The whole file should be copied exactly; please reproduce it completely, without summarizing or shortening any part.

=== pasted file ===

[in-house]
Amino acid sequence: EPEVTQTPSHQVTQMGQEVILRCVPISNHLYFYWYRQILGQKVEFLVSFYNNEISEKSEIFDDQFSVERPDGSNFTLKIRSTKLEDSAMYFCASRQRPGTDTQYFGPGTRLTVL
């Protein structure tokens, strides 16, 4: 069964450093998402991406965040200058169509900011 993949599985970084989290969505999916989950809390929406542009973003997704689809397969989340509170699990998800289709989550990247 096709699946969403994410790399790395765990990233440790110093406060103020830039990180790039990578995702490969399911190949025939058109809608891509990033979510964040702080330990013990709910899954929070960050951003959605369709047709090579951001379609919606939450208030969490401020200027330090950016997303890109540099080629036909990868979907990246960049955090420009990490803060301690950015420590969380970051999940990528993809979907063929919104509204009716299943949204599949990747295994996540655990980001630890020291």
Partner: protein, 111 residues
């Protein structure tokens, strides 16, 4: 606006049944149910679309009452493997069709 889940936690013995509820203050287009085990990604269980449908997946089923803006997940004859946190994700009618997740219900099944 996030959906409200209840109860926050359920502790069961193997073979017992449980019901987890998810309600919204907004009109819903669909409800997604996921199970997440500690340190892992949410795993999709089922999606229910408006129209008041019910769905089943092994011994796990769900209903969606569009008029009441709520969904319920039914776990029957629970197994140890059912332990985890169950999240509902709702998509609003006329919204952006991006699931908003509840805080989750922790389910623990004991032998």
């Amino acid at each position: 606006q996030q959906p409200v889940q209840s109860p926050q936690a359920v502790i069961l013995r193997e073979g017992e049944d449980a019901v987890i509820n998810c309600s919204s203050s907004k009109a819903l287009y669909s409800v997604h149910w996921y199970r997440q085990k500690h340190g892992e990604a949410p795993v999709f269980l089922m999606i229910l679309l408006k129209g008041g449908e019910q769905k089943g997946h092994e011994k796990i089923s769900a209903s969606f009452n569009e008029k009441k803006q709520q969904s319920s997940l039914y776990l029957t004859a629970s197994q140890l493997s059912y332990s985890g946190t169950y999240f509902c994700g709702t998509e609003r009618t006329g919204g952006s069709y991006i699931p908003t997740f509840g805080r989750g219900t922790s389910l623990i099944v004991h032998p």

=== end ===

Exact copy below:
[in-house]
Amino acid sequence: EPEVTQTPSHQVTQMGQEVILRCVPISNHLYFYWYRQILGQKVEFLVSFYNNEISEKSEIFDDQFSVERPDGSNFTLKIRSTKLEDSAMYFCASRQRPGTDTQYFGPGTRLTVL
């Protein structure tokens, strides 16, 4: 069964450093998402991406965040200058169509900011 993949599985970084989290969505999916989950809390929406542009973003997704689809397969989340509170699990998800289709989550990247 096709699946969403994410790399790395765990990233440790110093406060103020830039990180790039990578995702490969399911190949025939058109809608891509990033979510964040702080330990013990709910899954929070960050951003959605369709047709090579951001379609919606939450208030969490401020200027330090950016997303890109540099080629036909990868979907990246960049955090420009990490803060301690950015420590969380970051999940990528993809979907063929919104509204009716299943949204599949990747295994996540655990980001630890020291």
Partner: protein, 111 residues
């Protein structure tokens, strides 16, 4: 606006049944149910679309009452493997069709 889940936690013995509820203050287009085990990604269980449908997946089923803006997940004859946190994700009618997740219900099944 996030959906409200209840109860926050359920502790069961193997073979017992449980019901987890998810309600919204907004009109819903669909409800997604996921199970997440500690340190892992949410795993999709089922999606229910408006129209008041019910769905089943092994011994796990769900209903969606569009008029009441709520969904319920039914776990029957629970197994140890059912332990985890169950999240509902709702998509609003006329919204952006991006699931908003509840805080989750922790389910623990004991032998």
């Amino acid at each position: 606006q996030q959906p409200v889940q209840s109860p926050q936690a359920v502790i069961l013995r193997e073979g017992e049944d449980a019901v987890i509820n998810c309600s919204s203050s907004k009109a819903l287009y669909s409800v997604h149910w996921y199970r997440q085990k500690h340190g892992e990604a949410p795993v999709f269980l089922m999606i229910l679309l408006k129209g008041g449908e019910q769905k089943g997946h092994e011994k796990i089923s769900a209903s969606f009452n569009e008029k009441k803006q709520q969904s319920s997940l039914y776990l029957t004859a629970s197994q140890l493997s059912y332990s985890g946190t169950y999240f509902c994700g709702t998509e609003r009618t006329g919204g952006s069709y991006i699931p908003t997740f509840g805080r989750g219900t922790s389910l623990i099944v004991h032998p």